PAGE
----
Getting a good human biology A-level result means focusing your studies and getting into a good study routine. It is also important to read widely and outside of your course material. Beyond this, it is a case of good organization, hard work and a willingness to learn from mistakes. All of this does not guarantee a top score, but it does guarantee the best possible score that you are capable of, and if you try your best then, you can feel rightly proud no matter the result.
First, think about the other courses you are taking in conjunction with your human biology A-level. Chances are there are some courses you want to do out of curiosity and interest. This is all well and good, but also think about courses that complement your human biology A-level if you want to focus on human biology at university and beyond. Such complementary courses include biology, chemistry and maths.
The human biology A-level, like other biology A-levels, is divided into six modules. Five of these modules will be taught courses and one of them will be a project. The project will take place at the end of the first year of study. Each module otherwise finishes with an examination paper. Your overall grade will be based on your combined scores.
Take each module one at a time. They are taught this way in class, so you can focus on them in their entirety. Take notes in class and copy them into a study book at night. When doing this, rephrase the sentences to help your brain process the information. If you do not understand a concept, check your textbooks and online research and ask your teacher to help you.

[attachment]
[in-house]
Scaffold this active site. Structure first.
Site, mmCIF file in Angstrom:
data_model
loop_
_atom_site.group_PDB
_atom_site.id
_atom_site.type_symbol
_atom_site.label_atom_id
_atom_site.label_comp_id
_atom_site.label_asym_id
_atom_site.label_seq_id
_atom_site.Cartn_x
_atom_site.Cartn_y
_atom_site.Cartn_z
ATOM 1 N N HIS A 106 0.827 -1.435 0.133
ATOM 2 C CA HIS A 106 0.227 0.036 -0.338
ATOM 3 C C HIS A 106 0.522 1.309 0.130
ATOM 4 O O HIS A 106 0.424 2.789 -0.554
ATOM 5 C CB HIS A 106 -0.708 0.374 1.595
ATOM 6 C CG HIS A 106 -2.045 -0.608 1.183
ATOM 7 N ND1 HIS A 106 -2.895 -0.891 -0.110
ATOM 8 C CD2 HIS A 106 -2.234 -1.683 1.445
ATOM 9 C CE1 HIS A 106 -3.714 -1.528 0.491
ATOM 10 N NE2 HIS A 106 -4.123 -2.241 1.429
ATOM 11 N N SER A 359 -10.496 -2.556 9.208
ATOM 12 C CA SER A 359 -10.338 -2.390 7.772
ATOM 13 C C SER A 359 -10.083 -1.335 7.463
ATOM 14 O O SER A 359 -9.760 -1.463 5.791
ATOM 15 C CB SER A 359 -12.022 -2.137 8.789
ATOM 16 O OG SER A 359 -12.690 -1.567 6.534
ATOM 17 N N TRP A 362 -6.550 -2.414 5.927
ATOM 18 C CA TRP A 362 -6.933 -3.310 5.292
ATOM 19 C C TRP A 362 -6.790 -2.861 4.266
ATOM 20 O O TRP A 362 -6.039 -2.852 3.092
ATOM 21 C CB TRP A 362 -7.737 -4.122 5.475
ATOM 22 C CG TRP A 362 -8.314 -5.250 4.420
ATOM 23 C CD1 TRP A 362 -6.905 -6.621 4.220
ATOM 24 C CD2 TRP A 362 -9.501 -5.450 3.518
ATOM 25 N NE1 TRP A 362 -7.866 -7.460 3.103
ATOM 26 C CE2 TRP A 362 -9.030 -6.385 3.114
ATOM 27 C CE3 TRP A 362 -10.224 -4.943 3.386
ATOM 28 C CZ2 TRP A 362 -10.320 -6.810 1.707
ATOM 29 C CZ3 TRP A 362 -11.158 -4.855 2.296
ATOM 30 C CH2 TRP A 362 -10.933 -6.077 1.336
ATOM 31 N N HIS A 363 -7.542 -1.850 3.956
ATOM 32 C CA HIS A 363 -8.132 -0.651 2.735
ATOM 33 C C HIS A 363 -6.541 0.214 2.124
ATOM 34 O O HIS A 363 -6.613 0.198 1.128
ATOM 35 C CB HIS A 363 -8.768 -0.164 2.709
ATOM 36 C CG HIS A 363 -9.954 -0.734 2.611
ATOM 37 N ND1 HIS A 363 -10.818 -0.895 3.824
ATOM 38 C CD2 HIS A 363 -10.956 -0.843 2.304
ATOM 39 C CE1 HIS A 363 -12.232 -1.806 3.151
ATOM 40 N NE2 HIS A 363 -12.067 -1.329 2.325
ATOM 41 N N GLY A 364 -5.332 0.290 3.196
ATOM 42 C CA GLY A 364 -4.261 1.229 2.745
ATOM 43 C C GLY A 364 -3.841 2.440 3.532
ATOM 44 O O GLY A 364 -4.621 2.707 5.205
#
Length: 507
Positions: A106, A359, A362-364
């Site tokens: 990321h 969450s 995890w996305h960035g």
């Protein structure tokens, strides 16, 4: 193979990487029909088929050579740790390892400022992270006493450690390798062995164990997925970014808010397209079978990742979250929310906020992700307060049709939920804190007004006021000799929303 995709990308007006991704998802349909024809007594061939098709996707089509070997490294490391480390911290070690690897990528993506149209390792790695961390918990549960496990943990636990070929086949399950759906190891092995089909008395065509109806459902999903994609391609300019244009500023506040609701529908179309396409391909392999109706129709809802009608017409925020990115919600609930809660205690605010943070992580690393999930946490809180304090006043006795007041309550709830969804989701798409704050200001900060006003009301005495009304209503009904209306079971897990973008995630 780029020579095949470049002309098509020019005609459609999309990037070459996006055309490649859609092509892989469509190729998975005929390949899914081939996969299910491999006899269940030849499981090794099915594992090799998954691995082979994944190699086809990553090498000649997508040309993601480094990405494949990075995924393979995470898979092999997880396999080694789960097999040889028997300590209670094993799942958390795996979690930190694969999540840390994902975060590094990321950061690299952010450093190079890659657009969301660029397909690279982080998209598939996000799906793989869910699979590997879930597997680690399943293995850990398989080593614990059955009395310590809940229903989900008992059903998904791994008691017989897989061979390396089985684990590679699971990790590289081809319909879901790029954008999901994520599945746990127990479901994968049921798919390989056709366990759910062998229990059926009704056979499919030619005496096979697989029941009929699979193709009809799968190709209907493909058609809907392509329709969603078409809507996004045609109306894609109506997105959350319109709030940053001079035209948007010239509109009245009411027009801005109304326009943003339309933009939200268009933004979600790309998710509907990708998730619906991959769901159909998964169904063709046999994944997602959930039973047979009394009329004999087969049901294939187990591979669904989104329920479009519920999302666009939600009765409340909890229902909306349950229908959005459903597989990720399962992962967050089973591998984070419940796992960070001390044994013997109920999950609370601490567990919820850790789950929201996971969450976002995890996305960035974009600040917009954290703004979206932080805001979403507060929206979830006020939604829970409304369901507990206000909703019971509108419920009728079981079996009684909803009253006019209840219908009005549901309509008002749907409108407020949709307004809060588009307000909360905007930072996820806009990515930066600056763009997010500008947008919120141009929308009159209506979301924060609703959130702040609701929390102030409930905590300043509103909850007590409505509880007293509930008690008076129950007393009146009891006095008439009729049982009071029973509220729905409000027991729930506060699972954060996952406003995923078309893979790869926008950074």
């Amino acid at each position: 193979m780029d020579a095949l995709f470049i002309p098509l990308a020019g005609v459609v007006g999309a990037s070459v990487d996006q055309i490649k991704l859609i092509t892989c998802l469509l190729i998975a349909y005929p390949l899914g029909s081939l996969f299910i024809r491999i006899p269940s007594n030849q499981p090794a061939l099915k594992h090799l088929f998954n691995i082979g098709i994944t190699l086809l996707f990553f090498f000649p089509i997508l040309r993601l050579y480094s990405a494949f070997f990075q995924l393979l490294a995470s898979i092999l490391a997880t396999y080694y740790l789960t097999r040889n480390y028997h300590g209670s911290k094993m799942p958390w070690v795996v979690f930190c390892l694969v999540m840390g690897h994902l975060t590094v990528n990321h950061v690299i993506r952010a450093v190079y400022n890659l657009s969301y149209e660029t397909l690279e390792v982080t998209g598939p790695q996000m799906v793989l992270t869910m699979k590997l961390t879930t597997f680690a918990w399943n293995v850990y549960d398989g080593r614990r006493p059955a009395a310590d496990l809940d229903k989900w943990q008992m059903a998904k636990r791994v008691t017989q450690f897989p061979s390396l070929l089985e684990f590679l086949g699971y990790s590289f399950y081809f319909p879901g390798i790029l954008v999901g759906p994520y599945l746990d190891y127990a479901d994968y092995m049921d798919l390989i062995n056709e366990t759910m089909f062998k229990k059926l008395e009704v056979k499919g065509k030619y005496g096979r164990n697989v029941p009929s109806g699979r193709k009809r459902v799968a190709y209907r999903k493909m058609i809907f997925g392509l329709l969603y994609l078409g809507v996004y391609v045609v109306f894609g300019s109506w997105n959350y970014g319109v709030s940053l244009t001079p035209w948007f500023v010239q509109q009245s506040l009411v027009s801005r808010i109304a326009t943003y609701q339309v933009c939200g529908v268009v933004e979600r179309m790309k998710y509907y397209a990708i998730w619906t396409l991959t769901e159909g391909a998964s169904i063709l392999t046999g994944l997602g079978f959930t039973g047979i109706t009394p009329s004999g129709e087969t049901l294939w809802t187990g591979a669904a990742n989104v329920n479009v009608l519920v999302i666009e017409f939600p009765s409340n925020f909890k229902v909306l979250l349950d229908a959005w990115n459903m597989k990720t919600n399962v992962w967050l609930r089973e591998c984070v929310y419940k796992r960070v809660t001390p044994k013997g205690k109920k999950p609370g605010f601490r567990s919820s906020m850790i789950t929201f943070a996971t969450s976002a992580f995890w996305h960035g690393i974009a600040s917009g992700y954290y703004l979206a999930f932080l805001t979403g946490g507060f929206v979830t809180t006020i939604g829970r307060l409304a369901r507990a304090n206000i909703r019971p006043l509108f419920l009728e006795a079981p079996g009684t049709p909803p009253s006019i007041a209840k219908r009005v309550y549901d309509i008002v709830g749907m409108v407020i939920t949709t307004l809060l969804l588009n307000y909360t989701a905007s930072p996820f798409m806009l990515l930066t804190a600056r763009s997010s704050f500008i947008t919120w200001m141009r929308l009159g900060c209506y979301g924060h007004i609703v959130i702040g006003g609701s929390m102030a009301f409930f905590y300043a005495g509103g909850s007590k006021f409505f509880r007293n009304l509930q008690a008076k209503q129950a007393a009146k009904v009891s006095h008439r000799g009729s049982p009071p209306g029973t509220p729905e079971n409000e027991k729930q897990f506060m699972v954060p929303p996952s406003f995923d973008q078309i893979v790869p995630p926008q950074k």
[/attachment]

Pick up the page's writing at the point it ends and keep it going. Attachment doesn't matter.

When preparing for each examination, keep calm and do plenty of revision in the weeks leading up to the exam. It helps to also read widely during the module and to read news items relating to your human biology A-level in the news and in science magazines. Prepare a one-sheet summary of the module’s most important points and stop studying in the early evening. This allows you to relax and allows your brain to process the information.
Prepare the project well and take into account all the variables the project will require and which of these variables you can and cannot control. The human biology A-level coursework report should begin with outlining the proposal, then the method, followed by the results and an analysis of these results. Finish with a conclusion, then go back to the beginning and write an introduction.